DC Motor Control

DC Motor Control Report By Mohawk College

 

Non-Technical Report Summary

1. Setpoint Control

The PID controller results showed that it has a 56% overshoot value, versus edeX which had an overshoot value of 0%. In addition, the PID control system had a settling time of ≈ 1.6 seconds after going through an oscillation phase, whereas edeX was 146% faster.

edeX therefore had a smoother response.

2. Torque Disturbance

A torque disturbance was applied after the motor had reached a steady-state (constant) speed. When the torque was applied, edeX controlled motors dropped 11% less below the setpoint than PID controlled motors. edeX was able to recover the motor speed  ≈ 0.3 sec faster than the PID. When the applied torque was removed, edeX increased the motor speeds by ≈ 42% over the setpoint and then reached a steady state in ≈ 0.7 sec, whereas the PID motors increased speed by 56% over the setpoint and took ≈ 1.5 sec to reach a steady state.

Using edeX the motors had a faster recovery time both when the torque was applied and removed, and edeX had a lower overshoot than the PID. This means that motors are more stable using edeX.

Technical Report Summary

 

1. Setpoint Control

The PID controller results showed that the rise time for the motor speed signal is ≈ 0.125 sec with a 56% overshoot value. In addition, the PID control system had a settling time of ≈ 1.6 seconds after going through an oscillation phase.

edeX- FLC results showed that the rise time for the motor speed signal is ≈ 0.6 sec, a settling time of ≈ 0.65 sec, a 0% overshoot. Given, the selected performance criteria, PID had a faster (37% faster) risetime when compared to the FLC system; however, the FLC outperformed the PID controller from the overshoot perspective since there was zero overshoot; and from a settling time perspective the FLC system was 146% faster than the PID controller system.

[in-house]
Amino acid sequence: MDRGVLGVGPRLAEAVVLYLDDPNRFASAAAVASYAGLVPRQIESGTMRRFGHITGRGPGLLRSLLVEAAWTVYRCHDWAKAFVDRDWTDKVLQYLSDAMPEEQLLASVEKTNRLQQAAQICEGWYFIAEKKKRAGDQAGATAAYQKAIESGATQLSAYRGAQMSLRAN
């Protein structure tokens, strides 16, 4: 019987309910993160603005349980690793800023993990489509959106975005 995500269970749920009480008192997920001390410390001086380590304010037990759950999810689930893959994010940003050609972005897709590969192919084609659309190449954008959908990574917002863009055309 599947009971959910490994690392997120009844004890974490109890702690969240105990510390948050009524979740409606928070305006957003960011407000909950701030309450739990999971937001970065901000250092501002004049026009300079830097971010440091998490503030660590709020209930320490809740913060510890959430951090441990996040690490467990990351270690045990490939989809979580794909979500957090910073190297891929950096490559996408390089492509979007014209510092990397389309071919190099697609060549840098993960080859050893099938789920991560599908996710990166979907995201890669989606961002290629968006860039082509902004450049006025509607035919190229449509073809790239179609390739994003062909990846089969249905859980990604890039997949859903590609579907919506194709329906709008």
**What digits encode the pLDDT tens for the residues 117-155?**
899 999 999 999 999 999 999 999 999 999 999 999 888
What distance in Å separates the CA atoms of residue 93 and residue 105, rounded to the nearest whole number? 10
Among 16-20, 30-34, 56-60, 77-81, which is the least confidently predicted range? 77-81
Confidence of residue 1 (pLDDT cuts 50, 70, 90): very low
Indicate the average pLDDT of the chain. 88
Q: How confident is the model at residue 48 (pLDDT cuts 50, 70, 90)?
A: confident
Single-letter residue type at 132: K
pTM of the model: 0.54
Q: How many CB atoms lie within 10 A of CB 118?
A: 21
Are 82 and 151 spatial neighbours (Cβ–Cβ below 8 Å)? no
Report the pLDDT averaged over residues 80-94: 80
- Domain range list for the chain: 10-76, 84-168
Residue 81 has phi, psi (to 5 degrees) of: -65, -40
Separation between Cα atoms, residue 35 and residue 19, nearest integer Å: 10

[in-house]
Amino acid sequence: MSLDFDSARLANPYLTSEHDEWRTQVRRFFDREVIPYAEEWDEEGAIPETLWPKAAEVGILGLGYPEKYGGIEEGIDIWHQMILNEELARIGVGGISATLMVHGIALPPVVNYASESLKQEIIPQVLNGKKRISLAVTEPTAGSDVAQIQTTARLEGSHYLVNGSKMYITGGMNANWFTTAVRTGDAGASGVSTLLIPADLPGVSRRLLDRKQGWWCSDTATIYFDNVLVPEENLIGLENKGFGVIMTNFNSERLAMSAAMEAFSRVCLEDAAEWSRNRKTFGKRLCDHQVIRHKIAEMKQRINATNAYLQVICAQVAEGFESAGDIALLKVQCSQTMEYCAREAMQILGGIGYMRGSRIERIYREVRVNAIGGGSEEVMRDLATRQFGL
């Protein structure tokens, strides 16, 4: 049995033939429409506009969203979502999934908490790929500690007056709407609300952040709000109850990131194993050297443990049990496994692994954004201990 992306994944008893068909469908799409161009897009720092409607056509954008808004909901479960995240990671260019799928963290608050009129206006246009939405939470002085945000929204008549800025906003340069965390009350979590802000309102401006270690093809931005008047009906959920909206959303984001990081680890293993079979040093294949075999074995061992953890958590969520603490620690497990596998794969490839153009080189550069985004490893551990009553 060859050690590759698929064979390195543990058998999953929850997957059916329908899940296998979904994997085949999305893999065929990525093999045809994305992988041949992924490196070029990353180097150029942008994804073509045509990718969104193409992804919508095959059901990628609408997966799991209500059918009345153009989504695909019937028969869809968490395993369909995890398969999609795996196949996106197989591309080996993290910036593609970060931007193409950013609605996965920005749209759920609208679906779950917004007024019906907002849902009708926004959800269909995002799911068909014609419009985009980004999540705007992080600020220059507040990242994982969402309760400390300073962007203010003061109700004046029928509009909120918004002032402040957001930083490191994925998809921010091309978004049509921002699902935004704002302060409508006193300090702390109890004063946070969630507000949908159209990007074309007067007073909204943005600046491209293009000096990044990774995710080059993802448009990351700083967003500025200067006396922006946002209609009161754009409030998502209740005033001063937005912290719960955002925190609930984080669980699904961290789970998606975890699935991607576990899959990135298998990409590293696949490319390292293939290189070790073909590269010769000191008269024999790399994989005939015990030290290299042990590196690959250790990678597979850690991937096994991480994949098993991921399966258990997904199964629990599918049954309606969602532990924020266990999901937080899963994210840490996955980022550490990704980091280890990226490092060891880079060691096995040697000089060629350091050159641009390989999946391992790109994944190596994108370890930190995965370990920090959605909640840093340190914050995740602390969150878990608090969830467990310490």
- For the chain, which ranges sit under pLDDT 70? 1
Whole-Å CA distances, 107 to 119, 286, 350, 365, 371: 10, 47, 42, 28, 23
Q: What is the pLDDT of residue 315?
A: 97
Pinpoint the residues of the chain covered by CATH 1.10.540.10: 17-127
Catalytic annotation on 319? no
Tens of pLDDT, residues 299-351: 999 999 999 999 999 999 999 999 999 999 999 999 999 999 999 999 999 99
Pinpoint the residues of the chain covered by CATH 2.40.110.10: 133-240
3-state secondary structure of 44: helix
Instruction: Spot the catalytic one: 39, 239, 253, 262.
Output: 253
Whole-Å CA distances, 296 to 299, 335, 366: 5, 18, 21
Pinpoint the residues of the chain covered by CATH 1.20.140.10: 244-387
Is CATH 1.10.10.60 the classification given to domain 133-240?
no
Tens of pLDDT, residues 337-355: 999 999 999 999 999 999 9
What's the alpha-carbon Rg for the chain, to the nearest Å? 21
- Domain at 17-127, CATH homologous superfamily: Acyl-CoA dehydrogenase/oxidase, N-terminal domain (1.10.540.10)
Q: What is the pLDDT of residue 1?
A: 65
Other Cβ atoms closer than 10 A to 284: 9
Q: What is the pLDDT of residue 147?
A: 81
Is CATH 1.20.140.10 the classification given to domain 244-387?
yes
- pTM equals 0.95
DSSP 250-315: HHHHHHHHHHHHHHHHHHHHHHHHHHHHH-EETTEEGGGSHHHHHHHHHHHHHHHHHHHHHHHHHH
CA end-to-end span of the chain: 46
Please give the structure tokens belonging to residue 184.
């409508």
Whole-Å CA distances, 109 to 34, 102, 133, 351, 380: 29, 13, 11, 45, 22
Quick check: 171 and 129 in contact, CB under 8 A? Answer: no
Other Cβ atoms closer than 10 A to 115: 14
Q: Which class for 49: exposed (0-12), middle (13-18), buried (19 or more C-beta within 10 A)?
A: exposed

It can be seen that, although the PID controller presented a faster rise time, it also presented oscillations and a longer settling time than the smoother response of the FLC controller.

2. Torque Disturbance

Using the PID controller, the torque disturbance was applied after the motor had reached a steady-state (constant) speed. When the torque was applied, the PID output increased to compensate for the speed loss in the motor, which initially caused the motor speed to drop by 39% of the step set-point. The PID controller was able to recover the motor speed in ≈ 1.1 sec and then continue with slight oscillations, likely due to the small torque variations. When the applied torque was removed, the motor speed increases by 56% of the set-point, followed by oscillations and reaching steady state after ≈ 1.5 sec.

Using edeX-FLC, the torque disturbance was also applied after the motor had reached a steady-state (constant) speed. The edeX-FLC output increased to compensate for the lost motor speed, which dropped by 27% below the set-point. The edeX-FLC controller recovered the motor speed in ≈ 0.82 sec after the torque was applied. When the applied torque was removed, the motor speed increased by ≈ 42% of the setpoint and then reached a steady state in ≈ 0.7 sec after the torque was removed, without any oscillations.

It can be seen that edeX-FLC presented a faster recovery time when the torque was applied and removed, as well as having a lower overshoot than the PID controller.

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